The Greenville Symphony Orchestra, under the baton of music director Edvard Tchivzhel, celebrated the opening of its 65th season Saturday night at the Peace Center with a beautifully diverse program, "Made in the USA."
The performance featured 20th century works composed in the States by Leonard Bernstein, George Gershwin and Sergei Rachmaninoff, the great Russian composer who resided here for the final two decades of his life.
For the curtain-opener Tchivzhel chose the overture to Bernstein's comic operetta "Candide." The GSO's performance was showy, brisk and long on brass and bluster.
Next the program featured Venezuelan pianist Gabriela Martinez in Gershwin's Piano Concerto in F (Opus 45), a three-movement work that integrates classical tradition with jazz. She took the opening piano solo with its glistening scales and sassy rhythms at Gershwin's tempo markings, creating a reference point that ultimately allowed her to underline the work's structural integrity.
The second movement takes its inspiration from the American blues, and Martinez played the sultry chord sequences and snappy tempos with equal aplomb. Orchestra members contributed solo trumpet and flute passages that added to the imaginative effect of the movement, which comes gracefully down to a quiet, wistful ending.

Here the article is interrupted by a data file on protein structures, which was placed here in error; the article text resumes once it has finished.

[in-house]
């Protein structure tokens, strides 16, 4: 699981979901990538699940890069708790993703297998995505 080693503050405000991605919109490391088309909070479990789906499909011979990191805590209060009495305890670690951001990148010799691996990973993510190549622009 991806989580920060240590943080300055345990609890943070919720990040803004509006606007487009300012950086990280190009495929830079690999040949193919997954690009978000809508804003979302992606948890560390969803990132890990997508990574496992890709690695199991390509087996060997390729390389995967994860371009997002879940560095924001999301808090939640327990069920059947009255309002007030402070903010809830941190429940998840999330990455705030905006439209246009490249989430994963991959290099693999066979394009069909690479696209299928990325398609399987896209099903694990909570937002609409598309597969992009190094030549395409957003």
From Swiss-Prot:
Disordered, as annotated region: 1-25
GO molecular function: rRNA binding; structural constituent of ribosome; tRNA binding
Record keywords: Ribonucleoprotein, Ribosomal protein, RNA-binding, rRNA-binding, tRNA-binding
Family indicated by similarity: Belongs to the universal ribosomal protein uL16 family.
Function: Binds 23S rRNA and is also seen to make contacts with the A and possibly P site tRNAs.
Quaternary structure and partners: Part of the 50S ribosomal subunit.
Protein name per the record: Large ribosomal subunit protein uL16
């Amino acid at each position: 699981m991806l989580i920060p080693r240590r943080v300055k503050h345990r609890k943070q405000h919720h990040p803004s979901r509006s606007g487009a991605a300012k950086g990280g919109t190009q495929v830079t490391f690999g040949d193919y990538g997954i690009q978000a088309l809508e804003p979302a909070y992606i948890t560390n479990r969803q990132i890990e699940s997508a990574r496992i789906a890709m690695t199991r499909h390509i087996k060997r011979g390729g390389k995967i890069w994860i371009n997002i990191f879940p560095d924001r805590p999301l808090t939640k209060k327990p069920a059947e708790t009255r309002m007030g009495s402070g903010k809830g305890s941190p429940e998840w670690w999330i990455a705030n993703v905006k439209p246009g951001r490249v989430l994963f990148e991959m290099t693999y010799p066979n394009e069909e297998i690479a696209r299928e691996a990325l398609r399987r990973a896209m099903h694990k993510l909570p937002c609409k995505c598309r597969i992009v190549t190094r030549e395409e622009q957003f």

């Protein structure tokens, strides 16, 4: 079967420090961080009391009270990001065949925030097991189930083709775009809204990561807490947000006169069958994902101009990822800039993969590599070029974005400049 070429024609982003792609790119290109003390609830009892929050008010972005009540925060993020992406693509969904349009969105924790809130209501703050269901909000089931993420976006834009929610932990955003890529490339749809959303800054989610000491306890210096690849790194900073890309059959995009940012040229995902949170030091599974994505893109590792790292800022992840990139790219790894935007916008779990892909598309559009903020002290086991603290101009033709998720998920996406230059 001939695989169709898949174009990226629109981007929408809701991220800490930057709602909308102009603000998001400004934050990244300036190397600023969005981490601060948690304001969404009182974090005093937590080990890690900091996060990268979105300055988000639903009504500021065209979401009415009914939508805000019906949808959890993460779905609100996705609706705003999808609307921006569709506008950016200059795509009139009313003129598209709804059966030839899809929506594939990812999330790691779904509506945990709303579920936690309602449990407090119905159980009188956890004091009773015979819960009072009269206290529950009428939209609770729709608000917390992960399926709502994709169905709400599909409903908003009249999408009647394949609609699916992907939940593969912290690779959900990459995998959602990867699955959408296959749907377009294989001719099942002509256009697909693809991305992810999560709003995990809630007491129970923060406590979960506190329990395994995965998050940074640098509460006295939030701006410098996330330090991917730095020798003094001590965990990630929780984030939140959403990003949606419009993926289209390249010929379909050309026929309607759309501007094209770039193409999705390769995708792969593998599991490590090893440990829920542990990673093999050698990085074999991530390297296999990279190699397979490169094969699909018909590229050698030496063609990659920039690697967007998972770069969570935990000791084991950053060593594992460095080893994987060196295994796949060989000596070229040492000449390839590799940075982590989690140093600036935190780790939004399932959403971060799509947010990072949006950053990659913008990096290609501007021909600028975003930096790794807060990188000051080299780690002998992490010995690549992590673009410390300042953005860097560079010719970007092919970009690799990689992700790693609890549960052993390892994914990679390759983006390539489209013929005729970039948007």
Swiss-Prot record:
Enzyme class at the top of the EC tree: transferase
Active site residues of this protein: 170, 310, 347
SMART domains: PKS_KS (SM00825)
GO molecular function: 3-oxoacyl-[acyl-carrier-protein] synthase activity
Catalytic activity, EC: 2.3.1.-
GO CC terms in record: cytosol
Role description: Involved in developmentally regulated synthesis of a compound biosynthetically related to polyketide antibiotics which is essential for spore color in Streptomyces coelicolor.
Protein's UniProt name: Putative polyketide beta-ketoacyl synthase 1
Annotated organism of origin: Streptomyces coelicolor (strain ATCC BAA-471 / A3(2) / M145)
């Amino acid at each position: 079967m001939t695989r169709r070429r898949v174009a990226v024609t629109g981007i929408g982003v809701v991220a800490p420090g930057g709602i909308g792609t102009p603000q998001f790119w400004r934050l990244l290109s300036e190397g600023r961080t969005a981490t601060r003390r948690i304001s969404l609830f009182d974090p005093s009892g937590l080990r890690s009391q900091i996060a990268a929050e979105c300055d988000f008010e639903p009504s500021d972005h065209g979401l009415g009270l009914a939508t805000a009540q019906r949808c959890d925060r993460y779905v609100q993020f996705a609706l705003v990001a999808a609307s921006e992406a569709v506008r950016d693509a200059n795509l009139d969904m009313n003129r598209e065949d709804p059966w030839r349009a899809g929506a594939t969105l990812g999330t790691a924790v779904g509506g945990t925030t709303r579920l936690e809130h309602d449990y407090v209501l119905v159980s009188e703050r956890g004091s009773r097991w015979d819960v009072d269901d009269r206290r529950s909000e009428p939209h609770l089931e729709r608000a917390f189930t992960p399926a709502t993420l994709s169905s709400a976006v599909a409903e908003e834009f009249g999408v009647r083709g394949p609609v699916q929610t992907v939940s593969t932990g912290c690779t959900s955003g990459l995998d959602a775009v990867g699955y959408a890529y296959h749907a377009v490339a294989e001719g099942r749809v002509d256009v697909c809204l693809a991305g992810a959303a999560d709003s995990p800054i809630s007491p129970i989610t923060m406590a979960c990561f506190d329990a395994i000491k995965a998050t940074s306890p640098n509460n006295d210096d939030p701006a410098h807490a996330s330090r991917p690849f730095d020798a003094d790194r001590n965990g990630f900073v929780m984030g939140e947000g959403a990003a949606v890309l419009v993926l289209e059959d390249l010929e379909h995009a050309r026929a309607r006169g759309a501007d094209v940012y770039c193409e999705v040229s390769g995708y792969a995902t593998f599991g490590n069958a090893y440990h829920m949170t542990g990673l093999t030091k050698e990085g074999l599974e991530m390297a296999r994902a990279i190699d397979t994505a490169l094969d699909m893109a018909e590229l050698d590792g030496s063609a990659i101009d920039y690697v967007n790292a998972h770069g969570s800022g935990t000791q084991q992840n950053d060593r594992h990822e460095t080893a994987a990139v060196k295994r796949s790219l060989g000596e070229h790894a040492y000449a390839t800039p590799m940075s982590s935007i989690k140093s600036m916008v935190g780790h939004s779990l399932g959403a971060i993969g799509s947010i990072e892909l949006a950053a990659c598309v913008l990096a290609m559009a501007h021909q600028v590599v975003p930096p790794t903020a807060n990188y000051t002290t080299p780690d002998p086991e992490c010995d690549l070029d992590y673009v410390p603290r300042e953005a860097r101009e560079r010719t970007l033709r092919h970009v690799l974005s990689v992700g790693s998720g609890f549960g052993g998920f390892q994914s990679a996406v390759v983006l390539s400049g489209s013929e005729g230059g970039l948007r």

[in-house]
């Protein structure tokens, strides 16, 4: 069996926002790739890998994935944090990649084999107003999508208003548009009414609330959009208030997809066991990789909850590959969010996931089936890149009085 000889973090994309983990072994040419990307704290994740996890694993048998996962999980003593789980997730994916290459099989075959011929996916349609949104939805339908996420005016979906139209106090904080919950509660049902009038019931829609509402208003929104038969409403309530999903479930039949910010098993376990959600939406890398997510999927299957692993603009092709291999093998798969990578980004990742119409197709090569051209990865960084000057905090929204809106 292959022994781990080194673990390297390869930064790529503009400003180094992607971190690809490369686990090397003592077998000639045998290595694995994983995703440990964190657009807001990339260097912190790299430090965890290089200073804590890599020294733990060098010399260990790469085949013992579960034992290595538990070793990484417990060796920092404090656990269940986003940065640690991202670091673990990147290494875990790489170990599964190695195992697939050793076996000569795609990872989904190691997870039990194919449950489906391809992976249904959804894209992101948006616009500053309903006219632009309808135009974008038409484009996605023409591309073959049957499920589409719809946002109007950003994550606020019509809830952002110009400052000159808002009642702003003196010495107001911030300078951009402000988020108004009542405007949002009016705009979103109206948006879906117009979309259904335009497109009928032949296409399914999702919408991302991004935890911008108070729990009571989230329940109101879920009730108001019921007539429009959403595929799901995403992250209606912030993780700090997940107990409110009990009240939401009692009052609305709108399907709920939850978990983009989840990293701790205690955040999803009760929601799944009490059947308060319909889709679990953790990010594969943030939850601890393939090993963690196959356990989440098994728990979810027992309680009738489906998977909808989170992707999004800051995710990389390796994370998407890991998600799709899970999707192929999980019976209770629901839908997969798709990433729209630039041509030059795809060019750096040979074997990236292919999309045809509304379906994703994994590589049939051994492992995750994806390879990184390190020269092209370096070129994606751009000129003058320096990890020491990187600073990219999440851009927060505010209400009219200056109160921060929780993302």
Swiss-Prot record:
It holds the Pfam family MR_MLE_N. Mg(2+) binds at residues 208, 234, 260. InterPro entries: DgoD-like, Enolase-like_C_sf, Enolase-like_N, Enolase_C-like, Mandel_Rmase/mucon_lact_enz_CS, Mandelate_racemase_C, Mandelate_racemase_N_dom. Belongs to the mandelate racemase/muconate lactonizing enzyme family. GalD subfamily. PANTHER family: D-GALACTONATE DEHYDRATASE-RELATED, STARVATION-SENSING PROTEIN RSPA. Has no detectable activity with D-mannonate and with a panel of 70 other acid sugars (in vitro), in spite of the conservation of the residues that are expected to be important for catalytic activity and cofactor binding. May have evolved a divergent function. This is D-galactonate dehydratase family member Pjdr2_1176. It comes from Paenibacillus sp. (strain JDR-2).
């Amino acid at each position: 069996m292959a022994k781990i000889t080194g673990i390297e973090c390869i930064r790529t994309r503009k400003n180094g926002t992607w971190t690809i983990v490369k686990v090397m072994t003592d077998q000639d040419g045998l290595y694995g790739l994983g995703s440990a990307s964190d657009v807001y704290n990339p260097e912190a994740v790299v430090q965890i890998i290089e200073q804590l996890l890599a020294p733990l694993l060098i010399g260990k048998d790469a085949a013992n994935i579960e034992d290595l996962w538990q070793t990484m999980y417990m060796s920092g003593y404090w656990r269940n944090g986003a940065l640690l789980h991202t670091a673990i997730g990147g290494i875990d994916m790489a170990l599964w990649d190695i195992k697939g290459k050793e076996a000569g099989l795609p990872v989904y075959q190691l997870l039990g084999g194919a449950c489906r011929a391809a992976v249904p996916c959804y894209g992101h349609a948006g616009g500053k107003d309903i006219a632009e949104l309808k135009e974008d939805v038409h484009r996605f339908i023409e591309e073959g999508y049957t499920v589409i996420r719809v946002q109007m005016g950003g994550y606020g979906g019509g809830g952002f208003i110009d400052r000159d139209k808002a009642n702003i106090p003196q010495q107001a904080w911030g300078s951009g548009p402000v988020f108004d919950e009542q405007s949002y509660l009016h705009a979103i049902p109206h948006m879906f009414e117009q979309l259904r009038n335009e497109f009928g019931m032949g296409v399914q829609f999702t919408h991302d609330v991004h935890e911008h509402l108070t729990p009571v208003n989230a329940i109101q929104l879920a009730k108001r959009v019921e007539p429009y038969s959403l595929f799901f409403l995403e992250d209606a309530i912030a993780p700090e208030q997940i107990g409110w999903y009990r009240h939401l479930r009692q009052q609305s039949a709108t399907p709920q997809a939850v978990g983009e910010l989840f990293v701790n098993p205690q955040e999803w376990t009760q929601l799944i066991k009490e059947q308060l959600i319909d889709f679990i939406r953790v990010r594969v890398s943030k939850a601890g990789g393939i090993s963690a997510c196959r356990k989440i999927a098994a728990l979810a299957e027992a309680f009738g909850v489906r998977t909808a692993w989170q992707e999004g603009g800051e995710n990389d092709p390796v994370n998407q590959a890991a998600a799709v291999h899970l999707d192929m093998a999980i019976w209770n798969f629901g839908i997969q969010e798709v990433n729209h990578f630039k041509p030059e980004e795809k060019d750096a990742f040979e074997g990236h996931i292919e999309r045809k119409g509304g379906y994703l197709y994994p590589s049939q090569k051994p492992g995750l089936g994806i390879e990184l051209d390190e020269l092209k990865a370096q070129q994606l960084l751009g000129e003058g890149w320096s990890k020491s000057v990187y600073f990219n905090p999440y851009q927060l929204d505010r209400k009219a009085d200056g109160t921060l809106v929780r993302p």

The final movement brought together the work's brilliant melodies and outbursts of orchestral color. Martinez superbly met all the score's virtuosic demands for the soloist, and Tchivzhel kept the collaboration energized and coherent.
The last piece on the program was Rachmaninoff's final work, "Symphonic Dances." This somber composition is full of rich harmonies and haunting themes that reflect the Russia of Rachmaninoff's distant memories, especially its church music.
The GSO's performance was revelatory of the depth and breadth of the composer's accomplishment. Highlights included the rhythmic pulse and gorgeous string melodies of the first movement, the violin solo by Xiaoqing Yu in the second movement, and the furious Dies Irae of the finale, which resolves in a victorious resurrection theme, after which the composer penned the word "Alleluia!"
The concert repeats at 3 p.m. today. For tickets, call 864-467-3000.